Christopher Robert Pronger has been on the radar for quite some time but as we came more and more into the Internet age; things that you wouldn’t read about other than in local papers or see on ESPN/TSN for 30 seconds would cross the globe (especially for those of us in the Pacific Time Zone). What kept my attention on him was the whole “Pronger wants to be traded” thing that got started in Edmonton after the Oilers lost to the Carolina Hurricanes in 2006. There were all sorts of stories concocted from the actual reason that was given by the man himself which was “personal reasons,” to his getting a local celebrity knocked up; and the one that most of the media ran with, which was that his wife hated life there. I’ve been to Edmonton. Sure, it’s not the mecca that St. Louis is; but it’s not that bad. You just have to like miles and miles of flat land and build your kids’ Halloween costumes around snow suits that look like the little brother in “A Christmas Story.” Other than that, it seems like a very lovely town.
Once the Oilers found a buyer for their disgruntled boy, he went to a place that might possibly be the photo negative of Edmonton and that is Southern California. I wasn’t sure what to think when he was traded to the Ducks. I was happy to have a player of his caliber on my team; but I wasn’t sure what sort of mischief he was going to get himself into. What we found out is that, yeah, he’s really good at what he does but part of what he does is knock people around. He is also kind of an ass sometimes. Sometimes, though, you are willing to accept the “con” of his being an ass, for the “pro” of what else he can bring to the team. Namely, he is a player who is not only skilled at what he does, but he was willing to step into a leadership role, taking over the captaincy of the Ducks while Scottie Nieds made up his mind about retirement.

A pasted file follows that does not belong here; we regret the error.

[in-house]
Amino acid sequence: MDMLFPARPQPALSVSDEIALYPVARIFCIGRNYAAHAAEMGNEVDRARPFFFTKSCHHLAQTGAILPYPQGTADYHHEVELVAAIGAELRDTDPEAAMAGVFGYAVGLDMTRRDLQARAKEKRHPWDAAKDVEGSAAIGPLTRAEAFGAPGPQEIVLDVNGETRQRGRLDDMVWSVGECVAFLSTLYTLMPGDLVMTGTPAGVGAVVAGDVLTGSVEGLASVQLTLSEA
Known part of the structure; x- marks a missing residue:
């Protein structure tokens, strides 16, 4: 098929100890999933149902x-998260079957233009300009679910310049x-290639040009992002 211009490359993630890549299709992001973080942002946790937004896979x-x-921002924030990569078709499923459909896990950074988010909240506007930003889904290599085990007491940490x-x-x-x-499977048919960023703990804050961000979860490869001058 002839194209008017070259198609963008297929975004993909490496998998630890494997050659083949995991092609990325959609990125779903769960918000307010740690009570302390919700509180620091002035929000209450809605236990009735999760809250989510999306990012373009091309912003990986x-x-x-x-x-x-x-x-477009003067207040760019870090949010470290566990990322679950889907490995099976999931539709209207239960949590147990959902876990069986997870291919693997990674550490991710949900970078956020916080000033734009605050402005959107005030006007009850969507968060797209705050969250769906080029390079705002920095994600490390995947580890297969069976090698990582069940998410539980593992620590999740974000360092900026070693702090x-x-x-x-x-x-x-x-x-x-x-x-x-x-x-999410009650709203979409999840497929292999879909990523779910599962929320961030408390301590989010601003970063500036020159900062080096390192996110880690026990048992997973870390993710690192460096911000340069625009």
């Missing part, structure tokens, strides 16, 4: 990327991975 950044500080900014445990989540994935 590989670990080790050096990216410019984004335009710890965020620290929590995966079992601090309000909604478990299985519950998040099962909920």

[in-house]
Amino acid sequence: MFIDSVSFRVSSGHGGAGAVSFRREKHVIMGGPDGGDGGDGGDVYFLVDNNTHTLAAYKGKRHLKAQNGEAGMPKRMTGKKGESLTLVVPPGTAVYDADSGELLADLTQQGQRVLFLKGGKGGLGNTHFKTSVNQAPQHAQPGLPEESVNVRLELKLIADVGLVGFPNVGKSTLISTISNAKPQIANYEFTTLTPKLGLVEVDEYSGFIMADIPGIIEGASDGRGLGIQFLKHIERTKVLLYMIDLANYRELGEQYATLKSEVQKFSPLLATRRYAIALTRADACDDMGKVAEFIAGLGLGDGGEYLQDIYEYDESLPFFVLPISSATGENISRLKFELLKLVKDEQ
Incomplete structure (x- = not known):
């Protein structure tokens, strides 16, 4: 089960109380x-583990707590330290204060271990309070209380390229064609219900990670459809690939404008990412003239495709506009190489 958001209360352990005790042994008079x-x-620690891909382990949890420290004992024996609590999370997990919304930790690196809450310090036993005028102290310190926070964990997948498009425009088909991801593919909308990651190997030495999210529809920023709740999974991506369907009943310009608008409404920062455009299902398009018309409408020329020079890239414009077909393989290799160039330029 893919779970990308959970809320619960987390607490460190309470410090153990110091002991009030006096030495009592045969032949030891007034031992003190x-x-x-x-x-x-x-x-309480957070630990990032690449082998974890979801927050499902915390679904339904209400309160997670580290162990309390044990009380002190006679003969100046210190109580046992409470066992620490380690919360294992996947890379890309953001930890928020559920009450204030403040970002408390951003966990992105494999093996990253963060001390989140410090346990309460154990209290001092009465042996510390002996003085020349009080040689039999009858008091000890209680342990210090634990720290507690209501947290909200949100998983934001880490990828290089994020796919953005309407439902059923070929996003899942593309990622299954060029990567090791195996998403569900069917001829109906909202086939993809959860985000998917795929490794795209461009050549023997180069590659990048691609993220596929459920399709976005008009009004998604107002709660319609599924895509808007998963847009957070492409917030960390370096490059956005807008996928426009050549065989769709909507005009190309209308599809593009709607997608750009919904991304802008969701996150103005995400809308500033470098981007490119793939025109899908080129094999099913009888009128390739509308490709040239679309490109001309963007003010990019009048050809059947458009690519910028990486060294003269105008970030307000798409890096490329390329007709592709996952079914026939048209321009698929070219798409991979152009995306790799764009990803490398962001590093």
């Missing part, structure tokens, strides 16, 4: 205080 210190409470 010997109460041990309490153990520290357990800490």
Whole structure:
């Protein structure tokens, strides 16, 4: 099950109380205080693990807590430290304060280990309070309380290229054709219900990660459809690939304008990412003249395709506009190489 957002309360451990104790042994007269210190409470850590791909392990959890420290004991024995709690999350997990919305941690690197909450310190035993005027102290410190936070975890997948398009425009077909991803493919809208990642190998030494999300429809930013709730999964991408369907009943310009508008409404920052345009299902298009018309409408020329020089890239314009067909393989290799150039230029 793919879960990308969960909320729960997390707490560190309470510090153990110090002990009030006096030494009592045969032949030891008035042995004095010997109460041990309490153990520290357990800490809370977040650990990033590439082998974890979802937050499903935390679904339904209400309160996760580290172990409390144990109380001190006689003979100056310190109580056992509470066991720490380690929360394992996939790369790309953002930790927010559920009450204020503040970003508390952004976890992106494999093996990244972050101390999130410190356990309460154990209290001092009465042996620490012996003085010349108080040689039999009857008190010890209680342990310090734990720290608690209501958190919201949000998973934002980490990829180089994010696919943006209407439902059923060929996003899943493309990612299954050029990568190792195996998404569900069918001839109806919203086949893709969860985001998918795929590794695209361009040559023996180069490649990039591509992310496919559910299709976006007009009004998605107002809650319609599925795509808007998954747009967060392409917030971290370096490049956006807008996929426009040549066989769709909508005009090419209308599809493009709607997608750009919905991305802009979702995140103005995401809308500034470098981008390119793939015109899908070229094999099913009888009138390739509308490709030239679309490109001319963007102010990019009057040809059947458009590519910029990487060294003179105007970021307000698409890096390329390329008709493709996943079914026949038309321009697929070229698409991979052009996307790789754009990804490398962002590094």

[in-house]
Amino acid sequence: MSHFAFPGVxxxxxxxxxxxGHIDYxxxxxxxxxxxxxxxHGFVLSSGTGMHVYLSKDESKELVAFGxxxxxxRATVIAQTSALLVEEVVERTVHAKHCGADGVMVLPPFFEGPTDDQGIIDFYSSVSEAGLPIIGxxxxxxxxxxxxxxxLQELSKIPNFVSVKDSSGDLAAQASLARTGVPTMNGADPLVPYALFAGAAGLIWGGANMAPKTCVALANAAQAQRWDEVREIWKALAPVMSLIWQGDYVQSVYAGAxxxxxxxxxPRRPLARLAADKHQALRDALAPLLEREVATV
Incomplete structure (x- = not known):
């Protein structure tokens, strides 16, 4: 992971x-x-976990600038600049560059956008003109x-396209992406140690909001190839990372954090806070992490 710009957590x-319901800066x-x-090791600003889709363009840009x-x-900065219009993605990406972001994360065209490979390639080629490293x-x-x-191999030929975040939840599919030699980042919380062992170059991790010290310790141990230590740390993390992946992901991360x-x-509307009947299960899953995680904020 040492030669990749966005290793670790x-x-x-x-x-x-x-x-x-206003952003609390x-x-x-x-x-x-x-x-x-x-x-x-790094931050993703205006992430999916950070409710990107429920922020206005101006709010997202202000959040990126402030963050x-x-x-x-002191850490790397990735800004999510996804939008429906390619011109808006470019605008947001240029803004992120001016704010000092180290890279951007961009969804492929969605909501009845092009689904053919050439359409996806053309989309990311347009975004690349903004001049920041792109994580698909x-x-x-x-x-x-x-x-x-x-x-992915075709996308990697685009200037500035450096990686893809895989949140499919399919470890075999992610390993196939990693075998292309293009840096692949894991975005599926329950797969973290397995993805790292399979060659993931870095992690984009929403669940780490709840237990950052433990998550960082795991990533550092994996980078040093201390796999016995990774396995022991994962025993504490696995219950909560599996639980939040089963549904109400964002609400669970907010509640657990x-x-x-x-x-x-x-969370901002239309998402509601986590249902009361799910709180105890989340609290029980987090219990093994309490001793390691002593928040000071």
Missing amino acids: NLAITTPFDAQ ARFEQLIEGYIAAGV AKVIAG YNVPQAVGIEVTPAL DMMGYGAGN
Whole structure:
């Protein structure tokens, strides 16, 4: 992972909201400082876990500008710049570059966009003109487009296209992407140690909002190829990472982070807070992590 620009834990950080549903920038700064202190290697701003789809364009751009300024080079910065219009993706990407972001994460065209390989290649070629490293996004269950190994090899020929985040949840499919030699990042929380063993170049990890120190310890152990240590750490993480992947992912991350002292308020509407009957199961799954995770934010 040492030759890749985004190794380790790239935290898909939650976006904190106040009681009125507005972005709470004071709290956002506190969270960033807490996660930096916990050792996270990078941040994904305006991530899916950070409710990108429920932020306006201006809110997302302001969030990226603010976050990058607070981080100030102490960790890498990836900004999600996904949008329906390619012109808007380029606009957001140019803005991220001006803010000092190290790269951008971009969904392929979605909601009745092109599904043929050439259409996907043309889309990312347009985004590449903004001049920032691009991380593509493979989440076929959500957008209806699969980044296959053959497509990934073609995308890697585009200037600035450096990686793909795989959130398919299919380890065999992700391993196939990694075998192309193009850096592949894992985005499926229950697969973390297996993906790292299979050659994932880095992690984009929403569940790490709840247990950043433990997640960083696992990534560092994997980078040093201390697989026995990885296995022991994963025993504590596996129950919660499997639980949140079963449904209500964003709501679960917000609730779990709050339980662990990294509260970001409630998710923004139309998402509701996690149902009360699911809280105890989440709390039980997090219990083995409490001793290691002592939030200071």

So I guess what I’m trying to say, and may get rotten fruit thrown at me for saying it, is that Chris Pronger doesn’t owe anything to anyone; and least of all the media. As a professional, he has missed the post season only four times; and one of those was because no one else in the league was working. During those playoff runs, three separate teams in the last five years went to the Stanley Cup Finals, with one winning it all — and the team he’s on this year has a good chance.
And for a very large defenseman, he’s scored a fairly respectable 661 points in a little more than 1,100 games, as well as being a six-time All-Star and owning one of those cute little copies of the Hart and the Norris Trophies. On top of that, he’s helped Team Canada win a World Championship and two Olympic gold medals. What more do you want from the man?
It amuses me reading different blogs and watching various sports shows. It appears that the media, both here and on the northern side of the 49th parallel, expect that since he’s a veteran and a Stanley Cup champion that he’s in the same vein of interview as Sidney Crosby or Johnny Toews. Well, kids, he ain’t. He never has, never will be; and for God’s sake stop having the nerve to look so surprised.
Photo: Chris Pronger from The Associated Press/The Canadian Press, Ryan Remiorz